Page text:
Awake officially at 5:15am (actually, I had been awake since 12:35am) I arrived at the parking lot to discover the weather here was unchanged from the hour before, the hour prior to that, etc... light, wind blown rain as remnants of tropical depression Cindy were still in the area. The image does not do the gloomy conditions credit. Ain't no way I was going to ride in this. I pulled on a rain jacket and rode to....
...the start line to watch the 124 milers shove off at 7:00am. Always smiling Kristie with Eric on the right, more reflecting my mood at the time. I went into Garrett College for a restroom break and when I emerged, I saw some blue sky and just then, the rain had moved out and would never be an issue again. Now my....
....mood reflected Paul Djupe's facial expression. I got rid of the rain jacket, pulled on a couple of arm warmers (60 degrees with fairly strong wind still) and....
...listened to the pre-ride announcements for me mere 100 milers. Above, Rex bends over bike in concentration, unaware that 10 miles into the ride a broken spoke would take him out of the action...lucky guy! Behind him, Matt points his phone at me with a smile that would be missing at the end of the day, Dean in lime green, Mitch ahead of him and there on the side, Cindy with her game face on. In total, there were around 20 from the central Ohio peloton.
And we were off at 7:20am. Actually, the above is from later in the route cause after mostly riding down hill for the first 2.5 miles, a right is made onto Overlook Pass Road and thus begins a .7 climb having an average grade of 11.1%....at mile 2.5!!!! Then at mile 11, there is a 1.03 climb having an average grade of 10.8% and then....
...we arrived at aid station #1 at mile 21. There are 7 timed climbs on the route but so, so many more climbs, some more difficult then the official timed ones. I was unable to take many images because I was either grinding up a hill lost in my cave of pain or navigating technical descents with brakes applied, dodging wash out from gravel drive ways or other debris. We caught the CAF group just as they were departing. That Katherine appears to still be enjoying herself is amazing. Soon after this she had a derailleur problem and the chain was kept in the small ring in front. For this route, that's not much of an issue.
So here is the deal. The event does not keep track of total time, only the times on the 7 climbs so why the heck should we not stop at each of the 6 aid stations and not ride particularly hard other than those climbs? Exactly right!
Aaron C makes an appearance, also doing the 124 miles.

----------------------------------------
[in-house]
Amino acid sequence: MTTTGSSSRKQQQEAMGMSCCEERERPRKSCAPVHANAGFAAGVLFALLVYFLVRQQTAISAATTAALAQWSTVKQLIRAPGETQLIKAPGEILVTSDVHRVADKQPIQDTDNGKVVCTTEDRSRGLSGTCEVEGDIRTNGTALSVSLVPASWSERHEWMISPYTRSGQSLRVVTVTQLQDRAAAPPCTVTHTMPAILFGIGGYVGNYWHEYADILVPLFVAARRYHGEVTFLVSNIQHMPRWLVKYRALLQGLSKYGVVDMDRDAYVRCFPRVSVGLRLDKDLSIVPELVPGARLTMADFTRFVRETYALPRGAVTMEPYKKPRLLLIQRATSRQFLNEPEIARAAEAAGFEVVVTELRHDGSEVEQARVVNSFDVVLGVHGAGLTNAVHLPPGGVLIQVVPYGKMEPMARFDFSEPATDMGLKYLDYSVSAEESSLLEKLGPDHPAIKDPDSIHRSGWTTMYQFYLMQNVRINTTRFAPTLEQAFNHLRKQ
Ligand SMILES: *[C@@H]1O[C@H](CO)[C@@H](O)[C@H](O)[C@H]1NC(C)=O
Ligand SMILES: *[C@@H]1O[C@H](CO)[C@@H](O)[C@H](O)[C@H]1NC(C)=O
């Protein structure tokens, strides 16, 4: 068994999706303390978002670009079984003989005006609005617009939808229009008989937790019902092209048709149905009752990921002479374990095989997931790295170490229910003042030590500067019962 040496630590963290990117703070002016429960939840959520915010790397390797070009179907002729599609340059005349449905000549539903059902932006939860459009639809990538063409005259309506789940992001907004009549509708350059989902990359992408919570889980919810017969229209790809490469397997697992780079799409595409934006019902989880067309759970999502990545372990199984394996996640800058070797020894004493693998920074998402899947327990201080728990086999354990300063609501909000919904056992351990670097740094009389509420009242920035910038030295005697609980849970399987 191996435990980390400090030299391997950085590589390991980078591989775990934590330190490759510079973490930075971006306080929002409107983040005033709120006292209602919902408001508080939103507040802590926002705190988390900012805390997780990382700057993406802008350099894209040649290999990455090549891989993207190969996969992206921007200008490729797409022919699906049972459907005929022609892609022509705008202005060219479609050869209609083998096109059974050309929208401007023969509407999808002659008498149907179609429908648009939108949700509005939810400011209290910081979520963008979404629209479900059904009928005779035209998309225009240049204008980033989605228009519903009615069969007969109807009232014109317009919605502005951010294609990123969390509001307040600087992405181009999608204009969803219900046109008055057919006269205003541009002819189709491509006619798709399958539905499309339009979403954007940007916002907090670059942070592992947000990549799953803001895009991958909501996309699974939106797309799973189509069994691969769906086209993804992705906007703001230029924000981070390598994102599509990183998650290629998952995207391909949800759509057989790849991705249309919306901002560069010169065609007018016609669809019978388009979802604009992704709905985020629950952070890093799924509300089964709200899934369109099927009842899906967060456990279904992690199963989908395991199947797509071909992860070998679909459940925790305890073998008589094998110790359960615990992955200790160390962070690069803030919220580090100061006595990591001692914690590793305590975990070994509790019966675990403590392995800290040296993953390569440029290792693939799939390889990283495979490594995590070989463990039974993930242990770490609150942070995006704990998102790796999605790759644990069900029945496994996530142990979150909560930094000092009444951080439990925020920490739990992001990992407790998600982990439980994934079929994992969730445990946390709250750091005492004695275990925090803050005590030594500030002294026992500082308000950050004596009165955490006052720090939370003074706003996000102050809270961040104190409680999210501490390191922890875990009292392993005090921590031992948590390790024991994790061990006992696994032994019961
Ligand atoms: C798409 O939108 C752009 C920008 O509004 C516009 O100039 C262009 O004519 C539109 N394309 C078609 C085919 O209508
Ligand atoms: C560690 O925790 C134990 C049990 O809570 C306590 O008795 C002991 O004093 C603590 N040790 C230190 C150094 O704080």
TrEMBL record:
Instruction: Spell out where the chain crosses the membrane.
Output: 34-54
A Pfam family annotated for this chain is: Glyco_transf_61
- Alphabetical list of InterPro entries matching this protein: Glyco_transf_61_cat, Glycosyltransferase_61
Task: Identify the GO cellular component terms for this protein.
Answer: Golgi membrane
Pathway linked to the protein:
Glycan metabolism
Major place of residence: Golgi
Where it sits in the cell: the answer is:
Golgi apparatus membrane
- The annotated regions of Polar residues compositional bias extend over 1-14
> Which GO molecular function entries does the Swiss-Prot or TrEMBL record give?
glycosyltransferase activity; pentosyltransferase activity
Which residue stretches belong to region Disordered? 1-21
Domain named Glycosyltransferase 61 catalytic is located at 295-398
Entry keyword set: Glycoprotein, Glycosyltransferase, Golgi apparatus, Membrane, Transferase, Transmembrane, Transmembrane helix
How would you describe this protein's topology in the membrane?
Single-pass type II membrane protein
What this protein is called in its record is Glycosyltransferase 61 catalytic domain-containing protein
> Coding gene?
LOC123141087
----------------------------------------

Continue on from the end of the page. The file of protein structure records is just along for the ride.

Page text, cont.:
There were a variety of entertainment options to distract, including a guy on the unicycle who provided liquid refreshment. There were bands, one of which played "Deliverance". Cindy B on the right, putting in a gap as usual. The odd thing is, she interpreted the orange cones, indicating the start of a timed climb, as a caution warning and took the climbs off. On only those climbs did I manage to stay ahead or maybe she gifted me the climbs. Yeah, that is more likely.
One constant throughout the day was the sight of and/or sound of rushing water. It oozed through the pavement, sprung from springs, cascaded down hill sides, roared in rivers....saw it all, in all forms.
Hey, a rare flat portion of the route. When they were building roads back in the day, rather than have straight ascents or descents to/from summits that vehicles could bomb up or down they made the roads twisty nightmares. If you look at our average speed, you will chuckle to yourself but with the technical descents and road crud, no one took chances when descending and applied brakes frequently.
At mile 45 and with 5 of the timed ascents out of the way with an accumulated 5300' of climbing, a 3rd aid station. Reunited with Ohioans including.....
....Deniece Davis. Smart of her to remove some items for drying. Wish I had thought of that. At this point, the balance of the route is nothing but ups and downs (well ok, there is a 7 mile non twisty descent but I was being driven like a fast cow to stay at the front and pull s0.....), during which fatigue, coupled with more fatigue, kept me from taking any more images but.....
....Kristy Boltz was a prolific image taker throughout so I stole the above and below from her. Entrance to one of the timed climbs and.....
....entrance to an evil, untimed climb. It was weird. At the base of each timed climb there was a sign with length and average grade but so, so deceiving was the message. I remember one climb that was 4.9% but the first mile was wall after wall, 12-15% and then rather have the end of the KOM at the top of the climb, you would descend, ride on some rolling section and then hit a final climb. Yeah, ok the average was 4.9% but... Now....
...some of us did well, some of us had fun and some of us did both. Peggy Cook came in first in her division. Deniece and Cindy were 8 and 10 in theirs and that is really impressive because their division is rather broad, 40-60 years old. Gus Cook came in 34th in the Male 40-60 which, considering he is giving close to 20 years to some attendees, is really impressive. I was 80th but had 2 really bad climbs cause..well..I was tired when I arrived at those two. Ha, ha. There were around 400 in Gus' and my division. Hardest bike ride I've done. Some multi-day backpacking adventures were harder but on a bike, the Garrett County Gran Fondo is it.
6/27/2017 08:30:43 am
I just looked at the results after reading your post - Weird timing results. I thought we were ranked by total time for 7 climbs, but looks like strava KOM data plays into "finish" rank. I aint no strava dude, so 5 or 6 guys with slower times ranked higher? wtf
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